Despite the near-term challenges, we believe the course of monetary stimulus alongside some form of yield curve control will increasingly be the preferred method of global central banks to solve the current economic conundrum. This combination affords policymakers the flexibility of numerous economic levers with which to fine-tune their response to emerging economic data, while also acting to help decrease the burden of the massive debts their countries have accumulated over the past decade.

The Fed's policy of combatting inflation solely through interest rate increases can be successful only if it is accompanied by a total commitment to persevere through substantial economic tribulation, which few policymakers have the fortitude to do. Achieving the goal of taming inflation by raising interest rates amid such uncertainty will require greater global cooperation, liquidity injections from fiscal stimulus and greater yield curve control measures. Japan and the U.K. are leading the way, and it is worth watching if other countries will follow.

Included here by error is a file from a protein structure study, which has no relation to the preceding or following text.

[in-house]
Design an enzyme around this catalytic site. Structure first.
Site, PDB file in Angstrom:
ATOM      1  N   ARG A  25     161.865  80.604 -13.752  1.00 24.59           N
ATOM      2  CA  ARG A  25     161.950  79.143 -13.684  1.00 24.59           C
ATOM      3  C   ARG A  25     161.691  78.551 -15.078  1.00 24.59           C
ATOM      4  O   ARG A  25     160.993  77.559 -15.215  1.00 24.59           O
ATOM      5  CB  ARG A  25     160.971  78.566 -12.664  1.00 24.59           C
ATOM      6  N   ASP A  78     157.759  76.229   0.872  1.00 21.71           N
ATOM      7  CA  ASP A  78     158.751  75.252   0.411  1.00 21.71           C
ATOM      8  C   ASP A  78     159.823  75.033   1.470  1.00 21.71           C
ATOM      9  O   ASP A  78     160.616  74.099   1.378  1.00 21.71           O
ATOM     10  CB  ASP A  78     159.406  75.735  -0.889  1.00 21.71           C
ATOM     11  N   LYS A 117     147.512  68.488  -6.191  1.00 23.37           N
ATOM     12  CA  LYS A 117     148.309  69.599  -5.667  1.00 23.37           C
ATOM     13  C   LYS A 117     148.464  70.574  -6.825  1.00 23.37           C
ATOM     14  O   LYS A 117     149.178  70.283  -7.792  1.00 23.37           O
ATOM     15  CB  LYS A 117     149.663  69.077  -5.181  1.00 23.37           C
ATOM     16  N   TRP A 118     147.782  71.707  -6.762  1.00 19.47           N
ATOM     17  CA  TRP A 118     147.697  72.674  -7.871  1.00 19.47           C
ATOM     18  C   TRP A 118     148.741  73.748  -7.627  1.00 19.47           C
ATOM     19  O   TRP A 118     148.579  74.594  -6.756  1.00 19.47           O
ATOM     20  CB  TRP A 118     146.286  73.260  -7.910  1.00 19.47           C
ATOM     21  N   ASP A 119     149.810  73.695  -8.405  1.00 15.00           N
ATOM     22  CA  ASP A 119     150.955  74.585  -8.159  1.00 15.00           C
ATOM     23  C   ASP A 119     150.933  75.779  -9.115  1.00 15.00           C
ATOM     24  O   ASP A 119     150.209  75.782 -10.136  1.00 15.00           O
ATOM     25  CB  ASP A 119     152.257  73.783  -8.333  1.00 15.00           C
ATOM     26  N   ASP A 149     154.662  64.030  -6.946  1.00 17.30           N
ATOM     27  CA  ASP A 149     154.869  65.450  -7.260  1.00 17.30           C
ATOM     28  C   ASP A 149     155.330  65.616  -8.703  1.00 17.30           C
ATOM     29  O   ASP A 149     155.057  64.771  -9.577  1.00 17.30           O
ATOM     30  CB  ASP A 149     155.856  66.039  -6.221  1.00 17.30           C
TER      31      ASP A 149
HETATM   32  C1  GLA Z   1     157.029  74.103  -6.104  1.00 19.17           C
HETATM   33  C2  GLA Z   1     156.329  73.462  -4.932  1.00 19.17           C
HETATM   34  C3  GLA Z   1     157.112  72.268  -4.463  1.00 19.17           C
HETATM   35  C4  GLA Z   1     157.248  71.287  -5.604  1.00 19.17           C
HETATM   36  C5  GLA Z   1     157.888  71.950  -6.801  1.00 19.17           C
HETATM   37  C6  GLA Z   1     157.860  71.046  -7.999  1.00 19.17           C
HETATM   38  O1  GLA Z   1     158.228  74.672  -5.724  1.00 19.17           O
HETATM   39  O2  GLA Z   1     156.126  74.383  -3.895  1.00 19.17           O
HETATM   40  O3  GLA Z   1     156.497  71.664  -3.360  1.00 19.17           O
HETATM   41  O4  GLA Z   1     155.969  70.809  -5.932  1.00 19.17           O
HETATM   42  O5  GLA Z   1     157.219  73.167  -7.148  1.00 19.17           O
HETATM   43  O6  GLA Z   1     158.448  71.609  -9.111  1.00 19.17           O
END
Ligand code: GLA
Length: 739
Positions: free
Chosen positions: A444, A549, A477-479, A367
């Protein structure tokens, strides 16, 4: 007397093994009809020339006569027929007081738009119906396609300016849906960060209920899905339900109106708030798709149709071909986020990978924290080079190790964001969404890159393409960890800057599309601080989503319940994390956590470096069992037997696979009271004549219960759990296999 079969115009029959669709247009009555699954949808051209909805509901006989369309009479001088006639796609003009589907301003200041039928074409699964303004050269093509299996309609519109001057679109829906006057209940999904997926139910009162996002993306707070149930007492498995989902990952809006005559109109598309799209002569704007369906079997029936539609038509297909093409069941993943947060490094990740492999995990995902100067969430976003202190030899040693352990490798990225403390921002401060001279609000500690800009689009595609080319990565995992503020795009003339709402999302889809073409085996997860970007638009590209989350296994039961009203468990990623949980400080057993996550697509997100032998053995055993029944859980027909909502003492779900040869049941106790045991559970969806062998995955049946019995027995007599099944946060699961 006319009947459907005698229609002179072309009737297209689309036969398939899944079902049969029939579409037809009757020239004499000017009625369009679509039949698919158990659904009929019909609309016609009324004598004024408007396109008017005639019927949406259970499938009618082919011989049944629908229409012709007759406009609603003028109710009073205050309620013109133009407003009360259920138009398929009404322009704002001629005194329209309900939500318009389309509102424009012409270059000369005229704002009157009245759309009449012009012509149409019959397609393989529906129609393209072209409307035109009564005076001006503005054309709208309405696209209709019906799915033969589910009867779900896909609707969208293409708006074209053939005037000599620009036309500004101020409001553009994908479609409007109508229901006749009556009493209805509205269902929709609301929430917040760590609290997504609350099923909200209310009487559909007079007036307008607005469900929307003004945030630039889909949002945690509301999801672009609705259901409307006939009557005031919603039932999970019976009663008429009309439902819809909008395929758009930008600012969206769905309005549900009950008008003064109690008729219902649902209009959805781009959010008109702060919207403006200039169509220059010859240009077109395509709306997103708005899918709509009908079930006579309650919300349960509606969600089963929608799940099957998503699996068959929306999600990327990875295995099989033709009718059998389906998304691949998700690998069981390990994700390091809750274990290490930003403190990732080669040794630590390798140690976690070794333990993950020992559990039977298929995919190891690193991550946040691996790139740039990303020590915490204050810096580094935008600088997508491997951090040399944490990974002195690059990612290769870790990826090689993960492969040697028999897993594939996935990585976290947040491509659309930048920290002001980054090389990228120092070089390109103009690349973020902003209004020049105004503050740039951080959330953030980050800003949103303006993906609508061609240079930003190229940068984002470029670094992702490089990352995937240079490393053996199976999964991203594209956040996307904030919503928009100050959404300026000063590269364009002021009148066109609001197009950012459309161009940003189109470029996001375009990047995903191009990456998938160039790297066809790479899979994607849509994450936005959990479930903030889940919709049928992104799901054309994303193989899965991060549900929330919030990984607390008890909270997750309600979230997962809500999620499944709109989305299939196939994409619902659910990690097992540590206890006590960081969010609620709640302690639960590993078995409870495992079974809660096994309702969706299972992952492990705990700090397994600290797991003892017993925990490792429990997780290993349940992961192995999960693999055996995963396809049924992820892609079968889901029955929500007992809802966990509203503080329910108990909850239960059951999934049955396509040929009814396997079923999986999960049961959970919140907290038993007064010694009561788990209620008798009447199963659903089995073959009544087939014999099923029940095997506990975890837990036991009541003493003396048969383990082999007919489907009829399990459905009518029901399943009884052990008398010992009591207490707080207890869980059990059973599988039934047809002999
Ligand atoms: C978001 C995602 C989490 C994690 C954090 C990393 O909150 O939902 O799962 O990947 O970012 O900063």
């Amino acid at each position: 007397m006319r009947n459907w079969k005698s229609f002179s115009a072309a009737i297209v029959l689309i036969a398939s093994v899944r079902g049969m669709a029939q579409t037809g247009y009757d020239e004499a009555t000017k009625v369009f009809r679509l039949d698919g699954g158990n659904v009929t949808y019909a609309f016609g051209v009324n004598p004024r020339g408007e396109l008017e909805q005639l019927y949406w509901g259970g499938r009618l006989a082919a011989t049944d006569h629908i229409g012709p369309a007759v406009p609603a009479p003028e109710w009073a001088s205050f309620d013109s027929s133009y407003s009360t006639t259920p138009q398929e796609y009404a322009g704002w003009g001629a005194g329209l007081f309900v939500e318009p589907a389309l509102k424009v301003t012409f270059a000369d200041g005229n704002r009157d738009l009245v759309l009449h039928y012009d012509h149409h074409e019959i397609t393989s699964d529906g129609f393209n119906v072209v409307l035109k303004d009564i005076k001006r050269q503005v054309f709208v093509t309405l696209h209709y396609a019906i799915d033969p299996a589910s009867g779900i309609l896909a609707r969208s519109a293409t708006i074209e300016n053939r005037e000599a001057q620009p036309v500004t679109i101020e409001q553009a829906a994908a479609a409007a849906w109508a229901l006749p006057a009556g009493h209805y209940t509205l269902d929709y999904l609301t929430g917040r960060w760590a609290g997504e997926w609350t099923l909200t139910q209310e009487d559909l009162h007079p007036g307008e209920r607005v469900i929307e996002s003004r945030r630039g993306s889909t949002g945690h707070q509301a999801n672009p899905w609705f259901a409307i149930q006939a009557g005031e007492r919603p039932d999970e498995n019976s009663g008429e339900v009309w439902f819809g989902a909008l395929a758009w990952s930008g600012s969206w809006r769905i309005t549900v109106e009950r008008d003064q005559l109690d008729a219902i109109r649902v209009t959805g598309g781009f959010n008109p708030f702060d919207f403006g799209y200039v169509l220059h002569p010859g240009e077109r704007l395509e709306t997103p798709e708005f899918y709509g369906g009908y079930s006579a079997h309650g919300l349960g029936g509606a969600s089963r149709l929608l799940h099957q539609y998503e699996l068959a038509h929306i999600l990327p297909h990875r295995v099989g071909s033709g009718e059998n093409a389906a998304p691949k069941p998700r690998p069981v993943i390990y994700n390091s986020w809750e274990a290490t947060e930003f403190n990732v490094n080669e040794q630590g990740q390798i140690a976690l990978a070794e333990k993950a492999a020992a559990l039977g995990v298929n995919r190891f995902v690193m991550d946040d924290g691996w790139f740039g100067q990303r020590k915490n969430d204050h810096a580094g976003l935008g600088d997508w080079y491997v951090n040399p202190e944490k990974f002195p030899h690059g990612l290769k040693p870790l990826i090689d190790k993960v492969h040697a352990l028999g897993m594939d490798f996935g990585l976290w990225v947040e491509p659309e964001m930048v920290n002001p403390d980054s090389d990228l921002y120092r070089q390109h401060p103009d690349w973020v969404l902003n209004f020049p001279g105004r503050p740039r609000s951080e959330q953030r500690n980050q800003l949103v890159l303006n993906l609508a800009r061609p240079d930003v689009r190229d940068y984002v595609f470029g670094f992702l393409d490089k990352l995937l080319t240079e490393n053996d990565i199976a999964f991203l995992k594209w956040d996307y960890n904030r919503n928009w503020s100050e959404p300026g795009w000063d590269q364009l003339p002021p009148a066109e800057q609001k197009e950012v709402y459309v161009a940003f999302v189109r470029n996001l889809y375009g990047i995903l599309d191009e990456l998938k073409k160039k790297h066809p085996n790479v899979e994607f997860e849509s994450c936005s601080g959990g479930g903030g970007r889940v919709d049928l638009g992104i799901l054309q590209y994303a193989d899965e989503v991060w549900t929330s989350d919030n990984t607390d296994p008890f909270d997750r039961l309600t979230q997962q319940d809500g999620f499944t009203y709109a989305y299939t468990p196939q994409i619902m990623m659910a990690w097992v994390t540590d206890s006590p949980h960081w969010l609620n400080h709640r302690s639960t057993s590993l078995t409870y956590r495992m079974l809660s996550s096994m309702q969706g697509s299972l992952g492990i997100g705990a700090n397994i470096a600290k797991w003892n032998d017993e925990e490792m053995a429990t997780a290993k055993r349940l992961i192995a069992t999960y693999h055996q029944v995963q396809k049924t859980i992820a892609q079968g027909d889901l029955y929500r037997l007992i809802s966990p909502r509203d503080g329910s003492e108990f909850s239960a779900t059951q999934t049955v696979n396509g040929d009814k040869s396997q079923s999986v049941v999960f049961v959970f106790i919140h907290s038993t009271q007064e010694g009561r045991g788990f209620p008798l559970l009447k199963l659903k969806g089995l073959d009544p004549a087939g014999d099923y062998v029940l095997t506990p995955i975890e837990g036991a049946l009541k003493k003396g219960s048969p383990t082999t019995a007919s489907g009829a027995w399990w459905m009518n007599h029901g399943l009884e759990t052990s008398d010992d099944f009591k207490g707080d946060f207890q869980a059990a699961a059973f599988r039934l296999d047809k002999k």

Paul Ehrlichman is the Head of Global Value and Portfolio Manager for numerous global and international strategies at ClearBridge Investments.

This article was written by

ClearBridge is a leading global asset manager committed to active management. Research-based stock selection guides our investment approach, with our strategies reflecting the highest-conviction ideas of our portfolio managers. We convey these ideas to investors on a frequent basis through investment commentaries and thought leadership and look forward to sharing the latest insights from our white papers, blog posts as well as videos and podcasts.

Disclosure: I/we have no stock, option or similar derivative position in any of the companies mentioned, and no plans to initiate any such positions within the next 72 hours. I wrote this article myself, and it expresses my own opinions. I am not receiving compensation for it. I have no business relationship with any company whose stock is mentioned in this article.